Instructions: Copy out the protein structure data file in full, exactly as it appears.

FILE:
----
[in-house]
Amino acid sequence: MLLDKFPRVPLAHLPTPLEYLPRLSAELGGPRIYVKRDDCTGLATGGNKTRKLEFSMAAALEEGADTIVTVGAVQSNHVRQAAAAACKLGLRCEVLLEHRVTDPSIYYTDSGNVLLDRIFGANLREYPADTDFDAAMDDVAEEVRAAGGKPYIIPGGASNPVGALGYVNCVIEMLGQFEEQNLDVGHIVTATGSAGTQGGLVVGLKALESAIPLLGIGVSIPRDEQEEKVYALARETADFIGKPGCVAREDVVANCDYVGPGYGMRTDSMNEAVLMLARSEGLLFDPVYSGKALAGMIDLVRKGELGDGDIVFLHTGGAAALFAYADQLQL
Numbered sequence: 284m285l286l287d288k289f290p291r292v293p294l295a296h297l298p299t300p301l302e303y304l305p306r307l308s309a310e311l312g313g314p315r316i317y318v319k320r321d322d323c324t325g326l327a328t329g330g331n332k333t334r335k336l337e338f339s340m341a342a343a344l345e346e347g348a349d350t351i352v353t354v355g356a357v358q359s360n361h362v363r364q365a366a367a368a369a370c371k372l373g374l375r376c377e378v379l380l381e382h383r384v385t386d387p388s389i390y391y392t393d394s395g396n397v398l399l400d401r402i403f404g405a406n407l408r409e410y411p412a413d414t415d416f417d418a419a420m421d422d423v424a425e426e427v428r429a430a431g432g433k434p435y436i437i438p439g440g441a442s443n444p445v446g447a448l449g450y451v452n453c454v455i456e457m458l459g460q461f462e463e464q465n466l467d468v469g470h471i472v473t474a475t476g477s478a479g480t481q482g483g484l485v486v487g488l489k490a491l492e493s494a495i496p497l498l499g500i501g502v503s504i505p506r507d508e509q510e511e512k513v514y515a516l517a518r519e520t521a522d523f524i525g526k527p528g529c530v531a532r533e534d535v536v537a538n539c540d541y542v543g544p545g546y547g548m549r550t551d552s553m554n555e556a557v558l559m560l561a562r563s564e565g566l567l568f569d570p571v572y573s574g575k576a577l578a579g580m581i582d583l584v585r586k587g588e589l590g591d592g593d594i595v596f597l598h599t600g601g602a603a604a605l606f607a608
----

[in-house]
Amino acid sequence: MLLDKFPRVPLAHLPTPLEYLPRLSAELGGPRIYVKRDDCTGLATGGNKTRKLEFSMAAALEEGADTIVTVGAVQSNHVRQAAAAACKLGLRCEVLLEHRVTDPSIYYTDSGNVLLDRIFGANLREYPADTDFDAAMDDVAEEVRAAGGKPYIIPGGASNPVGALGYVNCVIEMLGQFEEQNLDVGHIVTATGSAGTQGGLVVGLKALESAIPLLGIGVSIPRDEQEEKVYALARETADFIGKPGCVAREDVVANCDYVGPGYGMRTDSMNEAVLMLARSEGLLFDPVYSGKALAGMIDLVRKGELGDGDIVFLHTGGAAALFAYADQLQL
Numbered sequence: 284m285l286l287d288k289f290p291r292v293p294l295a296h297l298p299t300p301l302e303y304l305p306r307l308s309a310e311l312g313g314p315r316i317y318v319k320r321d322d323c324t325g326l327a328t329g330g331n332k333t334r335k336l337e338f339s340m341a342a343a344l345e346e347g348a349d350t351i352v353t354v355g356a357v358q359s360n361h362v363r364q365a366a367a368a369a370c371k372l373g374l375r376c377e378v379l380l381e382h383r384v385t386d387p388s389i390y391y392t393d394s395g396n397v398l399l400d401r402i403f404g405a406n407l408r409e410y411p412a413d414t415d416f417d418a419a420m421d422d423v424a425e426e427v428r429a430a431g432g433k434p435y436i437i438p439g440g441a442s443n444p445v446g447a448l449g450y451v452n453c454v455i456e457m458l459g460q461f462e463e464q465n466l467d468v469g470h471i472v473t474a475t476g477s478a479g480t481q482g483g484l485v486v487g488l489k490a491l492e493s494a495i496p497l498l499g500i501g502v503s504i505p506r507d508e509q510e511e512k513v514y515a516l517a518r519e520t521a522d523f524i525g526k527p528g529c530v531a532r533e534d535v536v537a538n539c540d541y542v543g544p545g546y547g548m549r550t551d552s553m554n555e556a557v558l559m560l561a562r563s564e565g566l567l568f569d570p571v572y573s574g575k576a577l578a579g580m581i582d583l584v585r586k587g588e589l590g591d592g593d594i595v596f597l598h599t600g601g602a603a604a605l606f607a608